Integrating Career Development into Academic Advising

By Condoa Parrent

Students make choices during college that influence their careers. Many students, however, report that their academic advisors do not integrate vocational topics into their advising discussions (Center for Postsecondary Research, 2018; Strada & Gallup, 2017). When academic advisors respond to surveys, they validate students’ self-reported experiences and acknowledge that they do not often address or assess career concerns during advising conversations (Troxel & Kyei-Blankson, 2020).

Omissions of career topics during academic advising are concerning for a number of reasons. For example, research shows some marginalized students express a desire for career information. For example, low-income students want to assess the financial return that they can anticipate after they earn their college degrees (Perna & Ruiz, 2016). Students who value collectivism want to know how they can use their degrees to advance the well-being of their communities (Anderson et al., 2012). When students perceive that their learning is valuable, relevant, and meaningful, they are more likely to persist toward their career goals (Lent, 2020).

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Given the ethical necessity to respond to students’ career needs, Tarrant County Community College redesigned their advising philosophy, practices, and positions to prioritize and integrate career development into student conversations. Prior to the redesign, students were not assigned an advisor. Case management and follow-up were not consistent practices, causing student advising experiences to vary across each campus and program of the institution.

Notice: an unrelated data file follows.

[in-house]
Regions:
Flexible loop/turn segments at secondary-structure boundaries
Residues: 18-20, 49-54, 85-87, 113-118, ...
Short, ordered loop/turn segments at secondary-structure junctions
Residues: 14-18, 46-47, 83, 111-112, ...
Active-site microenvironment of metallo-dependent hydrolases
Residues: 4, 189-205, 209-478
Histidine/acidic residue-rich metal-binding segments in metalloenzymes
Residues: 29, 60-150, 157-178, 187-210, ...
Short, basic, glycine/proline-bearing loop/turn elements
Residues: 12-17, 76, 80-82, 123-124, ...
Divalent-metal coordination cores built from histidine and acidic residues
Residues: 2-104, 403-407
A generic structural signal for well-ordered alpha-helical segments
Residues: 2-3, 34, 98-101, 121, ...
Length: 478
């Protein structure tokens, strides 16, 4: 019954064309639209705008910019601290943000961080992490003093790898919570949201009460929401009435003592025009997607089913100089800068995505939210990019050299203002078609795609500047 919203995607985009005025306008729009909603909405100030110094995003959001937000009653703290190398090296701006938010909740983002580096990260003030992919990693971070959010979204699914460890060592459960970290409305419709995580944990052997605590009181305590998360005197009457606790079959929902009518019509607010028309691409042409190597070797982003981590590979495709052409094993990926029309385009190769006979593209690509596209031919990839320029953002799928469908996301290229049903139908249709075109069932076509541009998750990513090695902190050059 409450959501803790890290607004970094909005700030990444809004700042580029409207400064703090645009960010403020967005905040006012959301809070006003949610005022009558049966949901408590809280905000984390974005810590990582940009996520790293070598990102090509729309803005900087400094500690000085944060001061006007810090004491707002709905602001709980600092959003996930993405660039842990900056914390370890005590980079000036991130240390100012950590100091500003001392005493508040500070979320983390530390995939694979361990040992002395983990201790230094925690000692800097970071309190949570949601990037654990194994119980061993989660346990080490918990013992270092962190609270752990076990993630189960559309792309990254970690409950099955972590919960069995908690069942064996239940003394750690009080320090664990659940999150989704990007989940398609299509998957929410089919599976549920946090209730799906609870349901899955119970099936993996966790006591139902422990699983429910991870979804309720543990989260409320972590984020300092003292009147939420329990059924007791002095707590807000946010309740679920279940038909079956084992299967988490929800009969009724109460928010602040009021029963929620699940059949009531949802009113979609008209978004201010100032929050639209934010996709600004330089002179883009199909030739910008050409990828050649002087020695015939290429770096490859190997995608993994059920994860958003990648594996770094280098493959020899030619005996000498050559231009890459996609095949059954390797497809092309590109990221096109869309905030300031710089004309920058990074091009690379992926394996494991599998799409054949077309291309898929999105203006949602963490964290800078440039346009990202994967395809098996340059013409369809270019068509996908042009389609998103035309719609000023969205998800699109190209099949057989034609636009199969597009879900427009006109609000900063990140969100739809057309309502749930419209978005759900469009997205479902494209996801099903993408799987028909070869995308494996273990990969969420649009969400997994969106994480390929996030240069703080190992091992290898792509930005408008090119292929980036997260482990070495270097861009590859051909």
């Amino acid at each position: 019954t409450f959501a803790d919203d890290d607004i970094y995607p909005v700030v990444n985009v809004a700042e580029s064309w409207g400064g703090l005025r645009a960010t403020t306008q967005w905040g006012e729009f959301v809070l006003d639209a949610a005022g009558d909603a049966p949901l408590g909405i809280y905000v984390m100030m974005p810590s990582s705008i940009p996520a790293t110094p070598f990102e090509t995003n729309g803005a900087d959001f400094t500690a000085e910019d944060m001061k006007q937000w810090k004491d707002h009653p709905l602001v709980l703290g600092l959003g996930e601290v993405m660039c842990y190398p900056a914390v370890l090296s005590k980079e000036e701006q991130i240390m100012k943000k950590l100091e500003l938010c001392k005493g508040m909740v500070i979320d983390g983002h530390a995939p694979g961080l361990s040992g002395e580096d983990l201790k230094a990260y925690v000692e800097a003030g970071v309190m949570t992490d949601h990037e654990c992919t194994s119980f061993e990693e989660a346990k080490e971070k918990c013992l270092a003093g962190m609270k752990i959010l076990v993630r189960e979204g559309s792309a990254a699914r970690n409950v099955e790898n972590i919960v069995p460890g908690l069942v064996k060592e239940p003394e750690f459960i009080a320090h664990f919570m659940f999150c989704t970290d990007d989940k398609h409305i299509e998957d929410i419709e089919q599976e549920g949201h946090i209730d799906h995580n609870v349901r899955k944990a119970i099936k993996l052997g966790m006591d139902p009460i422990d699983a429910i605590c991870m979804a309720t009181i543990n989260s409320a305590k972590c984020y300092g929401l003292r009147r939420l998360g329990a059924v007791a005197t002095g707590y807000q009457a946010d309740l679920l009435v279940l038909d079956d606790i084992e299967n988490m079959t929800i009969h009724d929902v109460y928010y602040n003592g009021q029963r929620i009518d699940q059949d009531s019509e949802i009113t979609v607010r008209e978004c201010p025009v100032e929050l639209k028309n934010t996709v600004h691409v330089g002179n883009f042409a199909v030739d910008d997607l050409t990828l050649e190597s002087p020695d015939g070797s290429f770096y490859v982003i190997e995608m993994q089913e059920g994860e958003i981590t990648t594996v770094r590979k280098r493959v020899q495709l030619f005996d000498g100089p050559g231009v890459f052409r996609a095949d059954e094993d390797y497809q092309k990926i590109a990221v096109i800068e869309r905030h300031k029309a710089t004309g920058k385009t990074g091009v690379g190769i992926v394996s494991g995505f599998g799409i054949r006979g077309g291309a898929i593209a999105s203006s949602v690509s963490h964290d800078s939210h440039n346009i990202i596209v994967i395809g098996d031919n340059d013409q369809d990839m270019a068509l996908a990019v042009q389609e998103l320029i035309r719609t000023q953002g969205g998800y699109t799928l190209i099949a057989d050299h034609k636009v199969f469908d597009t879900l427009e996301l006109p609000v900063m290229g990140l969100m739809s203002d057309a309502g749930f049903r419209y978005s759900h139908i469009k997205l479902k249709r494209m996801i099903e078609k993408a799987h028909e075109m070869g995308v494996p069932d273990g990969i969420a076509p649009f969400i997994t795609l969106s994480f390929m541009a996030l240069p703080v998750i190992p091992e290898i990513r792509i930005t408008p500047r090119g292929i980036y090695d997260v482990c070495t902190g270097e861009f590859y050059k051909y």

Leaders across individual campus sites identified the need to create a strategic, intentional advising experience for all students after the chancellor identified an enduring commitment to function as one institution that was student ready and focused on serving the community. A student experience team assessed the current state of advising, researched best practices, audited current procedures, and examined technology used for advising. Their primary goal was to develop a standardized advising experience that career advisors could deliver consistently across the various colleges of the institution. The team examined what structures were currently in place to ensure advising centers were welcoming spaces that empowered students to succeed in their academic journey (passing classes, not dropping classes, enrolling semester to semester, clear understanding on how their courses align to their career goals).

The team’s comprehensive analysis resulted in the Ideal 21st Century TCC Advising Model, which included the following:

  • an innovative organizational structure and job descriptions that defined advisors’ roles, responsibilities, and expectations,
  • a collection of policies, procedures, and programmatic systems to maximize student experiences,
  • an advising program syllabus that outlined the institution’s philosophy, learning outcomes, advisor expectations, and student expectations — with the intention of fostering strategic and timely engagement,
  • a report that evaluated future technology needs to support advising, engagement, and student success.